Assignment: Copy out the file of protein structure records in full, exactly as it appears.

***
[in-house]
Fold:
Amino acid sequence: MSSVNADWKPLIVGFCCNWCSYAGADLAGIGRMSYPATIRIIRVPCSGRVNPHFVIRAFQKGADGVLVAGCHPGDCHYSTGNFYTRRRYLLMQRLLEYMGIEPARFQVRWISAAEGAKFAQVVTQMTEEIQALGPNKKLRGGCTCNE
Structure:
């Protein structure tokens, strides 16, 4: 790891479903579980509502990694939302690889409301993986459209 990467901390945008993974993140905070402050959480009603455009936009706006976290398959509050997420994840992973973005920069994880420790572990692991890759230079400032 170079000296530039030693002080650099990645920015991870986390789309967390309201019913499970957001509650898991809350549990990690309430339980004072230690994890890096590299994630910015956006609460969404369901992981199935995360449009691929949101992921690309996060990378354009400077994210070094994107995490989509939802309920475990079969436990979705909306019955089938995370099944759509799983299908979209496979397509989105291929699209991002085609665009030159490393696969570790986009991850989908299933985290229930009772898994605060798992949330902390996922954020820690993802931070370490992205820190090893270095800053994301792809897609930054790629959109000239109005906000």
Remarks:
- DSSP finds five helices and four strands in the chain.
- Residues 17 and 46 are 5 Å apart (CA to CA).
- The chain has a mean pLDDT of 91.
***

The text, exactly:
[in-house]
Fold:
Amino acid sequence: MSSVNADWKPLIVGFCCNWCSYAGADLAGIGRMSYPATIRIIRVPCSGRVNPHFVIRAFQKGADGVLVAGCHPGDCHYSTGNFYTRRRYLLMQRLLEYMGIEPARFQVRWISAAEGAKFAQVVTQMTEEIQALGPNKKLRGGCTCNE
Structure:
């Protein structure tokens, strides 16, 4: 790891479903579980509502990694939302690889409301993986459209 990467901390945008993974993140905070402050959480009603455009936009706006976290398959509050997420994840992973973005920069994880420790572990692991890759230079400032 170079000296530039030693002080650099990645920015991870986390789309967390309201019913499970957001509650898991809350549990990690309430339980004072230690994890890096590299994630910015956006609460969404369901992981199935995360449009691929949101992921690309996060990378354009400077994210070094994107995490989509939802309920475990079969436990979705909306019955089938995370099944759509799983299908979209496979397509989105291929699209991002085609665009030159490393696969570790986009991850989908299933985290229930009772898994605060798992949330902390996922954020820690993802931070370490992205820190090893270095800053994301792809897609930054790629959109000239109005906000």
Remarks:
- DSSP finds five helices and four strands in the chain.
- Residues 17 and 46 are 5 Å apart (CA to CA).
- The chain has a mean pLDDT of 91.